New benefit rules mean asylum-seekers may not be able to pay their way. Lucy Ward reports. Inner-city colleges risk losing hundreds of refugee students as new benefit rules mean asylum-seekers will no longer have their fees subsidised.
Colleges and refugee education groups are warning that people arriving in Britain who would once have had access to a college course to learn English and find their feet in a new country will not be able to afford to pay their own way, as new rules demand.
The Further Education Funding Council, which will not be permitted to refund colleges for educating asylum-seekers denied benefits, acknowledges it can find no way round the changes.
If colleges, particularly those in inner London which enrol high numbers of asylum-seekers, want to continue offering such courses they will have to dip into their own funds to do so.
The situation is causing such concern in the capital that Southwark College has this week linked up with the Association for Colleges to clarify the implications of the new rules. The imminent benefits changes will be compounded by the effects of the Asylum and Immigration Bill which proposes further reductions in the welfare entitlements of asylum applicants.
The social security changes, which come into force on February 5, will deny benefits to new asylum-seekers unless they apply for the status as soon as they enter the country.
Those who do not apply on entry - often because they fear detention - or who appeal against a refusal of refugee status, will no longer be able to claim income support, housing and other benefits.
That means they will also lose the right to free college courses, since only benefit claimants can have their fees waived. Instead, asylum-seekers will be treated like other foreign students, and will be expected to fund their own study.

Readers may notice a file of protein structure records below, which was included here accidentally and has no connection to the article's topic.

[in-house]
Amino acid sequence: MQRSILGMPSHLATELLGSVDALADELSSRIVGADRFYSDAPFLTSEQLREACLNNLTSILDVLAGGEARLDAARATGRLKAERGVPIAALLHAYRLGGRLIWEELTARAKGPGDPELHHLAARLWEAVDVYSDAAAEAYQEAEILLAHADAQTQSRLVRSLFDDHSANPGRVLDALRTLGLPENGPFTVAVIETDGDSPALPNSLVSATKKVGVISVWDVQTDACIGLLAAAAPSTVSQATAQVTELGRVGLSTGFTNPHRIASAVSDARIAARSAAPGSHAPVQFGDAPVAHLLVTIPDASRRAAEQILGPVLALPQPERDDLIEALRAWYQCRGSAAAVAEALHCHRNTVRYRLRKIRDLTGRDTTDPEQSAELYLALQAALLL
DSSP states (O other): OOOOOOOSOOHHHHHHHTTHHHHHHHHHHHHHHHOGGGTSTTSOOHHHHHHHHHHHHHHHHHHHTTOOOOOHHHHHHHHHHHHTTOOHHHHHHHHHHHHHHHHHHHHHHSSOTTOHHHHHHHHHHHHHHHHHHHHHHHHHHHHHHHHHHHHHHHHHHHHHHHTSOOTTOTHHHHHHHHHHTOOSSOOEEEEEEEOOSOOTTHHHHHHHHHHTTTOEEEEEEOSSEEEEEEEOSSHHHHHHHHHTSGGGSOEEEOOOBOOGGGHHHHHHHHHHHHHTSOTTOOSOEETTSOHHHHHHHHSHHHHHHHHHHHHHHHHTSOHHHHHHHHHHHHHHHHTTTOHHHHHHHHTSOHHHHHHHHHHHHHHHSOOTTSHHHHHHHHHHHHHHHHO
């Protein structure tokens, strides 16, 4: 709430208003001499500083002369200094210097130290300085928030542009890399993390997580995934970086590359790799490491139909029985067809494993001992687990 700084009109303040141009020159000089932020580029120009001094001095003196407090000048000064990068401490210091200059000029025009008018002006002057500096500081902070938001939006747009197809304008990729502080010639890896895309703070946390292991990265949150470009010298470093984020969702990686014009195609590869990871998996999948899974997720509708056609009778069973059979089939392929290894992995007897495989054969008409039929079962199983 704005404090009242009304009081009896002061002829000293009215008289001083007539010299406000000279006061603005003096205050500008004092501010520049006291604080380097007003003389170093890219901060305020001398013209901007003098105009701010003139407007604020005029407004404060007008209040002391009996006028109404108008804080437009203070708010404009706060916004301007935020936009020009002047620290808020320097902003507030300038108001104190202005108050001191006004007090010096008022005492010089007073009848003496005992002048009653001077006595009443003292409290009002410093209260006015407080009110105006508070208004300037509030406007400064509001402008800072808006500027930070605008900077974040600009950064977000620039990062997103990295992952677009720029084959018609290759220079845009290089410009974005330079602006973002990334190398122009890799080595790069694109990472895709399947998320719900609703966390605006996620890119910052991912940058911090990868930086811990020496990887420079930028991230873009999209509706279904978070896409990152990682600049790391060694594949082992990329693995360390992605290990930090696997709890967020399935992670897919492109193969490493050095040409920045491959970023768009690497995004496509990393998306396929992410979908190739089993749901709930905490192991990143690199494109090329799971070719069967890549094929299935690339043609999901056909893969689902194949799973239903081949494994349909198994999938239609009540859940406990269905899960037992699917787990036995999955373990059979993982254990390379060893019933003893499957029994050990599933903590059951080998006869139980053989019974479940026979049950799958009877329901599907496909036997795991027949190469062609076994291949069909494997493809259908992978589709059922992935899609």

The Refugee Council, which has led attempts to ensure asylum-seekers still have access to help after February 5, estimates 10,000 refugees will be affected immediately the new rules come into force.
World University Service, a London-based organisation providing education advice and information to refugees, is also raising the alarm.
Project co-ordinator Hernan Rosenkranz said: "Education plays a crucial role in the effective resettlement of refugees in this country. Practically all refugees have to engage in some form of study if they are to find employment at a later stage."
Since changes in benefit rules were an "attack on the very survival of asylum-seekers", which would throw many new arrivals on the mercy of charities, study would be pushed even lower down the priority list, he said.
"This is a horrendous situation which will compound their social isolation and communication difficulties."
WUS has met London further education colleges including Hackney to discuss the implications of the benefit changes. While colleges were highly sympathetic to the plight of asylum-seekers, they were unlikely to have the reserves to fund courses themselves, said Mr Rosenkranz.
Training could also be hit by the benefits changes, the organisation is warning. Even if asylum-seekers are allowed to take part in Government schemes such as Training for Work - still a grey area - they will lose entitlement to benefits.
A spokesperson for UKCOSA, the Council for International Education which works to promote and protect the interests of students coming to the UK from abroad, said colleges would not feel the effects of the changes straight away because existing asylum-seekers will not be affected.
But he added: "Once people start being denied benefit, that is bound to have a knock-on effect on student numbers, which could perhaps mean staff redundancies."
Dorothy Jones, newly-appointed principal of Southwark College, said many London colleges had a long history of providing education and training for asylum-seekers. She said: "We are all looking for clarification on exactly what the implications of new legislation will be. This is a matter of great concern for us all." Results of the Southwark-AFC project are to be distributed to all colleges.
Tony Cisse, student welfare officer at Lambeth College said colleges were hampered by confused information on exactly how the rules would apply. Lambeth, with more than 500 asylum-seeking students, is considering offering hardship fund cash to some of those hit by the changes.
A social security department spokesman said: "It is expected that once the asylum claim process is complete those who have been turned down will make arrangements to leave the country."